These two truths – the absolute sovereignty of our loving heavenly Father and our future bodily resurrection – form a shelter under which we can stand that keeps us from the fear of death. In Christ, we can claim promises like Psalm 91:5-6:
He will cover you with his pinions,
and under his wings you will find refuge;
his faithfulness is a shield and buckler.
You will not fear the terror of the night,
nor the arrow that flies by day,
nor the pestilence that stalks in darkness,
nor the destruction that wastes at noonday.
While promises like this do not guarantee that Christians will not get sick or endure hardship, because we are united to Christ we can claim promises like this in the spirit of Shadrach, Meshach, and Abednego who said to Nebuchadnezzar as they were about to be thrown into the fiery furnace:
“Our God whom we serve is able to deliver us from the burning fiery furnace, and he will deliver us out of your hand, O king. But if not, be it known to you, O king, that we will not serve your gods or worship the golden image that you have set up.” (Daniel 3:17-18)
We know that God is willing and able to shelter us from pestilence. But even if in His sovereign will He allows pestilence to befall one of us, we know that pestilence, sickness and even death do not have the last word for Christians. Jesus does.
Because we believe these things, our beliefs affect the way that we live. We will respond differently to things like the coronavirus than the world does.
Unlike the church of Jesus Christ, the world operates from a purely secular worldview. As such, the world largely believes it has the power and wisdom to be able to stave off or even prevent calamity and death. Additionally, the world does not have the hope of a bodily resurrection.
The world has all its eggs in the basket of this life. And the world makes decisions in light of that belief. Because the world has no hope beyond this life, the world places primary importance in physical safety. Everything must be sacrificed for the sake of physical safety.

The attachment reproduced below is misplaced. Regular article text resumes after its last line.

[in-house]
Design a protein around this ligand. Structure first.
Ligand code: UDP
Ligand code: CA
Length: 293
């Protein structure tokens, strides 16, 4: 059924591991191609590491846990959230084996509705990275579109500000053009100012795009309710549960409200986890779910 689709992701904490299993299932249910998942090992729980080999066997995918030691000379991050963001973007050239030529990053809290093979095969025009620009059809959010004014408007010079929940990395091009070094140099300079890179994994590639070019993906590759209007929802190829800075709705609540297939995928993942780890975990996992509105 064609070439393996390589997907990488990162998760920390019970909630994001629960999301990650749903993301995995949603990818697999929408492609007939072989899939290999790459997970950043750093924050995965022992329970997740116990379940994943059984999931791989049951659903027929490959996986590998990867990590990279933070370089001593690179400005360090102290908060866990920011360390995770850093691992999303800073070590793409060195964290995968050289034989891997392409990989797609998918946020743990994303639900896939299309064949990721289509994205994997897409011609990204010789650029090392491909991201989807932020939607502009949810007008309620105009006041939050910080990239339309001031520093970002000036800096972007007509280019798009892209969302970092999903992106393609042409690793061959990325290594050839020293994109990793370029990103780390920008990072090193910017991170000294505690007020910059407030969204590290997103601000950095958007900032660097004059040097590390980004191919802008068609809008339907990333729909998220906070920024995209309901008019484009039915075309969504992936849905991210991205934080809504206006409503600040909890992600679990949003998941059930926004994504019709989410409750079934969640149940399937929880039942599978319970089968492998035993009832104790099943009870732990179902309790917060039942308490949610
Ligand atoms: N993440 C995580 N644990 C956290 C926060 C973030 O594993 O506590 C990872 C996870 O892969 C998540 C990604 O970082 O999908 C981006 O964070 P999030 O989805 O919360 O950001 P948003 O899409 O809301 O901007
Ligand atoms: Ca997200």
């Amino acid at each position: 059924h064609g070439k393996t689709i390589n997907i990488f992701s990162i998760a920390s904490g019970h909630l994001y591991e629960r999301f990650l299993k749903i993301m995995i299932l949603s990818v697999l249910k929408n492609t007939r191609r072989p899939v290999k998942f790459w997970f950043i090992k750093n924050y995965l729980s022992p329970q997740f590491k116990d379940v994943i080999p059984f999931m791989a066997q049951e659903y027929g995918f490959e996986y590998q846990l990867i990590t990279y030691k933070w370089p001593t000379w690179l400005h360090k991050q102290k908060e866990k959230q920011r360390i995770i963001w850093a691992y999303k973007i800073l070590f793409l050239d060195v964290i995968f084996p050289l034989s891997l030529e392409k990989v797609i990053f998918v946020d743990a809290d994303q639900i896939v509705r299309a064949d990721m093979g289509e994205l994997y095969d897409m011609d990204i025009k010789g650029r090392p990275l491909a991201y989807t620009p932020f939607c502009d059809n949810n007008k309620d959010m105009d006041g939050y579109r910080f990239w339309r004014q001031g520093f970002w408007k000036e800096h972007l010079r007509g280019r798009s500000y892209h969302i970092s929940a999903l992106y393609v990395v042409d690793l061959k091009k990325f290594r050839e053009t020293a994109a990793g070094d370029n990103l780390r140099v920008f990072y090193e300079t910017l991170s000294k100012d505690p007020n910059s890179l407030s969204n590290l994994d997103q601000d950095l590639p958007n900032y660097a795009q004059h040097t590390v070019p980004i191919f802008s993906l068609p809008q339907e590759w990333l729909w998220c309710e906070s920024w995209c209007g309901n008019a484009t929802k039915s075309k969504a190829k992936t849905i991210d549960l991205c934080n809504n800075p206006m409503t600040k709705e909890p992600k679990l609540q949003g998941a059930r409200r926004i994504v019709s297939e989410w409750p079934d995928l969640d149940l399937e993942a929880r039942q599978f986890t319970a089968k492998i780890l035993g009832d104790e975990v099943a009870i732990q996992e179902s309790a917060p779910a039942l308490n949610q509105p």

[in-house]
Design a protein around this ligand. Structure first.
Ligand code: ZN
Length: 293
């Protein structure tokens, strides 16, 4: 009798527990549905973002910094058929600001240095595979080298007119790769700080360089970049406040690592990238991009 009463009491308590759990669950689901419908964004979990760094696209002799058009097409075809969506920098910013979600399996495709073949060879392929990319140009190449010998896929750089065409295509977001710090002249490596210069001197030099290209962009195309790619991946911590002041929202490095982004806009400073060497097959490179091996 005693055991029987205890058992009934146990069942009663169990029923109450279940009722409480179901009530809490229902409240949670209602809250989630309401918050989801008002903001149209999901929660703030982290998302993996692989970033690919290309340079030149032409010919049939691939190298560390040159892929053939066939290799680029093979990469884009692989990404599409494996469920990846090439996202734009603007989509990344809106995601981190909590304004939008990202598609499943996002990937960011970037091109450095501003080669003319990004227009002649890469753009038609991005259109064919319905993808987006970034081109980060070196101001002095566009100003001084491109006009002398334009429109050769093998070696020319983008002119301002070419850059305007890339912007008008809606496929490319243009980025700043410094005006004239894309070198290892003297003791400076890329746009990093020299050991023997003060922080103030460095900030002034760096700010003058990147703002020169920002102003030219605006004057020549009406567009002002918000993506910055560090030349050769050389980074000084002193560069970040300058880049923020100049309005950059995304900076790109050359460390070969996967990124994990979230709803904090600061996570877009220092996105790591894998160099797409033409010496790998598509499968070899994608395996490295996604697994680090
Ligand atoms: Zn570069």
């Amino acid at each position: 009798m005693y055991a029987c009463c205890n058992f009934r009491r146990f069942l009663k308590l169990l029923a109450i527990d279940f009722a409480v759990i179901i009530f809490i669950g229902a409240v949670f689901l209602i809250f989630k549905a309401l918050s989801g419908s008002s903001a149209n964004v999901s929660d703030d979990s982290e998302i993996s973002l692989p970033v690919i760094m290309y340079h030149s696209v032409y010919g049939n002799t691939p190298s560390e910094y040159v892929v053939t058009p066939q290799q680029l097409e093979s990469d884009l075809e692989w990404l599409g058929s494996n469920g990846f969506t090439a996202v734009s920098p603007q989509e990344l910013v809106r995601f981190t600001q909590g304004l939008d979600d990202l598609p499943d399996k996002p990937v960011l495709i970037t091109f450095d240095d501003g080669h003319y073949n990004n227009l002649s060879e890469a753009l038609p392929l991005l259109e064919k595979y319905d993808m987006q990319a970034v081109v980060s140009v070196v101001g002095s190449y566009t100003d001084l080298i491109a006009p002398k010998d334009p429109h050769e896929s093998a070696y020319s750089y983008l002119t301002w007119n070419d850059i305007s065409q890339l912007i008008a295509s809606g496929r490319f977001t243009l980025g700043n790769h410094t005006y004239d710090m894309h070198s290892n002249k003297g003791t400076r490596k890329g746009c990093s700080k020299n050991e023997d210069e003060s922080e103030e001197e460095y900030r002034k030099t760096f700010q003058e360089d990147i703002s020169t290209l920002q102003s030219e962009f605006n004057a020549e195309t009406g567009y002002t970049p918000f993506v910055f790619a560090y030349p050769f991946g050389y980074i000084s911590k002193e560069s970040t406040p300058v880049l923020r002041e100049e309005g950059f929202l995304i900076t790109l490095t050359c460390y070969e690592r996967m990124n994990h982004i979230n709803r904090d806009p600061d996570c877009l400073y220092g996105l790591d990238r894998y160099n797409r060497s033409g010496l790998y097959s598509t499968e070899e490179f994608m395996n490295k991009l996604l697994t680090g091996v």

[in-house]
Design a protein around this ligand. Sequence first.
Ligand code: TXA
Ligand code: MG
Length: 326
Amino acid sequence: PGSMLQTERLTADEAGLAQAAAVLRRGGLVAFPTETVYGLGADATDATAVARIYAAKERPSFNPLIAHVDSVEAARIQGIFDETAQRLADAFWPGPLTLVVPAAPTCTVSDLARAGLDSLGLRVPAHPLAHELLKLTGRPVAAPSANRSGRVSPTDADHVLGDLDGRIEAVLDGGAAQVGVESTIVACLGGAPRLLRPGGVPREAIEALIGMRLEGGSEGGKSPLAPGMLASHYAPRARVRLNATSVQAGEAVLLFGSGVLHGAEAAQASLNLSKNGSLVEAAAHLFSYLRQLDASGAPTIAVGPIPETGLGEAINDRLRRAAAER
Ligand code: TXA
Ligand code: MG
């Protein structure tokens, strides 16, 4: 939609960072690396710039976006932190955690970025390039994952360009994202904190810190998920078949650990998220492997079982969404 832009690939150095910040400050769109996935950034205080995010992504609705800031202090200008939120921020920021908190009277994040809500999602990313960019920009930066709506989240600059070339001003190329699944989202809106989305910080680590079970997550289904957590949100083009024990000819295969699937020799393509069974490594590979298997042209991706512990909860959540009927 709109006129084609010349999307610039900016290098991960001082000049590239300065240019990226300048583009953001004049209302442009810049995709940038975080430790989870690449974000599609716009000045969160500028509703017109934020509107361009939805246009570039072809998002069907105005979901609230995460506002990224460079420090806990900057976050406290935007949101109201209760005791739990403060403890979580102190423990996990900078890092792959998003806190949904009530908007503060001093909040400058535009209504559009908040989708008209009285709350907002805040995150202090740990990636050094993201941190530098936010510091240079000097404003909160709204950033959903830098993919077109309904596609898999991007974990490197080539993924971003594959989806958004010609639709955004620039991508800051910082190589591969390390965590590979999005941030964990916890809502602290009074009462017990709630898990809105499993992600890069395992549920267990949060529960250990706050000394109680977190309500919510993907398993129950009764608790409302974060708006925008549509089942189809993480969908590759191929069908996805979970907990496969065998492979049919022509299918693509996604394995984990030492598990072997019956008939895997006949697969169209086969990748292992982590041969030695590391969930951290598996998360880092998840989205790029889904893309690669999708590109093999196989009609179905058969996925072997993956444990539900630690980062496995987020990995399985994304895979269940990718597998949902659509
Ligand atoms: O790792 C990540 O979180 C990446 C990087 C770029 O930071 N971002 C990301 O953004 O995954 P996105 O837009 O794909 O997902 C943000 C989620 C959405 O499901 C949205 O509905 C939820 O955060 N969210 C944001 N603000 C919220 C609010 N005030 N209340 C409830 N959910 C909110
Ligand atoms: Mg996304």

But as Christians, we do not believe that this life is all there is. We believe that there are things that matter more than our physical safety. We believe that the Great Commission matters more than our physical safety. We believe that serving others matters more than our physical safety. We believe that obeying Jesus’ commands to gather together as the church matters more than our physical safety.
Christians throughout the centuries have operated under this same biblical worldview. And not just Christians, but Jesus himself welcomed those who were mamend, sick, and contagious into His presence for their good and His glory.
This is why Christians throughout church history have not run from the opportunity to be at the bedside of one dying from the plague. It is why Christians today continue to gather as the church in areas of high persecution at the risk of their safety and the safety of their family.
Does this mean we do not care about physical safety at all? Are we saying we should be masochists who seek out pain and suffering? Of course not. There should always be nuance and balance struck, but at the end of the day, the value system that governs the decisions we make is rooted in God’s Word, not ultimately in news reports or CDC guidelines.
Striking the Balance
Loving our neighbor and walking by faith are both of utmost importance in these days. It is possible to walk in both at the same time. But it will take humility and charity on everyone’s part.
The elders of Pillar DC greatly value your prayers as we continue to lead our church. We welcome your input and we take it seriously.
Again, we acknowledge that we have made mistakes along the way. In the days to come, we will strive to implement policies regarding church gatherings that can accommodate the entire Church, ensuring that we are doing all we can not to violate anyone’s conscience.
As such, we will continue to offer online options for worship services and prayer gatherings. Additionally, we will encourage the use of masks while indoors in public spaces or when adequate social distancing is not possible (i.e. inside homes).
We will continue to respect our governing authorities and strive to live peaceably amongst our neighbors. And we will continue to do all we can to gather together responsibly as a church whenever possible. We make the decisions and live by these policies as an act of pure love of God and neighbor for the sake of unity and expansion of the kingdom of God. We leave you with these words from our God:
“So if there is any encouragement in Christ, any comfort from love, any participation in the Spirit, any affection and sympathy, complete my joy by being of the same mind, having the same love, being in full accord and of one mind. Do nothing from selfish ambition or conceit, but in humility count others more significant than yourselves. Let each of you look not only to his own interests, but also to the interests of others. Have this mind among yourselves, which is yours in Christ Jesus, who, though he was in the form of God, did not count equality with God a thing to be grasped, but emptied himself, by taking the form of a servant, being born in the likeness of men. And being found in human form, he humbled himself by becoming obedient to the point of death, even death on a cross” (Philippians 2:1-8).